Redundancy: My top tips for employers

This year has seen changes to redundancy terms for employers, with the government halving the time a company needs to consult with staff before making large-scale redundancies.

The change is part of the UK Government’s wider review of employment law, which has already seen the doubling of the number of years an employee needs to work at a company before being able to make an unfair dismissal claim.

As of this year, businesses considering laying off 100 or more staff have to undertake a minimum consultancy period of 45 days, during which time they are expected to talk to staff and unions before deciding how many and which jobs will be lost. Under the old rules on collective redundancy, the minimum period was 90 days.

Firms that want to make between 20 and 100 posts redundant will have to consult with staff for a minimum of 30 days, as previously.

The new rules, which do not apply in Northern Ireland, exclude fixed-term contracts, which means anyone who has an end date written into their contract will not need to be consulted about what happens to them afterwards. Employers will, however, have to consult fixed-term staff if they want to make their positions redundant early.

So how can firms protect themselves in the context of the new employment law terms?

Is it a genuine redundancy?

Make sure that an authentic redundancy situation exists. There are generally three types of redundancy situations such as closure of business as a whole; closure of a particular workplace where the employee was employed; or the reduction in the size of the workforce.

Employees cannot challenge whether the employer acted reasonably in identifying the redundancy situation. However, an Employment Tribunal can investigate whether the redundancy is genuine, i.e. the real reason for dismissal.

Explain the need for the restructure

While employees may not like what they hear, they will be more likely to accept it if they understand the reason.  If your firm is going through a tough time and needs to downsize, this is likely to be apparent to your team before any formal restructure is announced.  Inform employees what the restructuring will do for the firm – you must give hope to those who will remain.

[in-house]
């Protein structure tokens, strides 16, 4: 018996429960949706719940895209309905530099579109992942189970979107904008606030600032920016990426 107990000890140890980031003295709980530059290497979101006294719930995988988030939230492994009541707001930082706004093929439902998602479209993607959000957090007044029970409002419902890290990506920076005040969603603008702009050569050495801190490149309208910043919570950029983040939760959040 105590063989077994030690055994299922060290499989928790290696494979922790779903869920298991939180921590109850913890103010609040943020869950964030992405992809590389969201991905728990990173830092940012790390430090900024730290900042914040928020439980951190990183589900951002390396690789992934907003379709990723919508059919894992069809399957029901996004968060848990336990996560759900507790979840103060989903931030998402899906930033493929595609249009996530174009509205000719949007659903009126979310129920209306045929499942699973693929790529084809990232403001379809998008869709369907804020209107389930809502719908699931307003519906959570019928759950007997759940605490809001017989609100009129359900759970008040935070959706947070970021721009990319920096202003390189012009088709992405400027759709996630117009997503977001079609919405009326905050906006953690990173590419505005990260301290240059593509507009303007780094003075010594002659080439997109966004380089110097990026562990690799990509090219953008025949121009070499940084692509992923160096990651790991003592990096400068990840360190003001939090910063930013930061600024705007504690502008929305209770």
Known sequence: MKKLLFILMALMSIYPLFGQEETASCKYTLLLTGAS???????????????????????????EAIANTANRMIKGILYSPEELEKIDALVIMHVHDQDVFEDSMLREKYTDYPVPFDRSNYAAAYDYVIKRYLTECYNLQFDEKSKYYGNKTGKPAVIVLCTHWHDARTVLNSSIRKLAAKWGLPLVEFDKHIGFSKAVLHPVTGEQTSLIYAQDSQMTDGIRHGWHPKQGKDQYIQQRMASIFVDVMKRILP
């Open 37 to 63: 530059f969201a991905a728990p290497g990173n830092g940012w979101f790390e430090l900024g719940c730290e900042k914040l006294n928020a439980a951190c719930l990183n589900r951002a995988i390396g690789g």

Ensure that you follow your own redundancy procedures

If you have a company redundancy procedure, make sure you follow it.  If you don’t, you put your firm at risk of complaints of an unfair dismissal at an Employment Tribunal. By following the process, you will ensure that you provide your employees with the relevant information at the appropriate time.

Ensure selection criteria for redundancy is fair and objective

Devise a redundancy matrix to select who may be made redundant using selection criteria. Ensure that this is capable of being measured or you could be at risk of being considered discriminatory. Reflect the needs of the business when selecting who may be made redundant.

Selection criteria can include skills, experience and performance, but again, these must be quantified.  Sickness absence can be taken into consideration but be careful in case there may be a disability discrimination viewpoint on that.

Consult with staff from the outset

Once you have identified which employees are at risk of redundancy, they should be advised of this and told the length of the consultation period. This will vary depending on the proposed number of employees possibly being made redundant. Be sure to stay up-to-date as these periods are subject to change!

All employee consultation meetings should be face-to-face and feedback opportunities must be provided.

Look at suitable alternative employment

With each employee at risk of being made redundant, if possible, try and look for alternative employment elsewhere within the company. If you find a suitable opportunity and the employee refuses to accept it, they may lose the right to redundancy compensation.

Set up a dismissal meeting and provide the right to appeal

If compulsory redundancy cannot be avoided, you must organise a dismissal meeting and confirm in writing giving the right to be accompanied.  Confirm the decision to terminate employment during the meeting.

The termination letter should set out the terms of appeal to a more senior manager providing the right to be accompanied.

Nobody wants to enforce redundancies on their staff, but by following these steps, your business will put itself in a strong position should any legal action be taken.

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About Hugh Hitchcock

Hugh Hitchcock is a director at DJM Solicitors, a commercial law firm providing legal services to clients across the UK and Los Angeles, Hong Kong and Japan. His career spans 23 years spent in media and corporate law, and he specialises in dispute resolution. He previously spent six years at a leading media firm that acted for Elton John and The Beatles' record label Apple.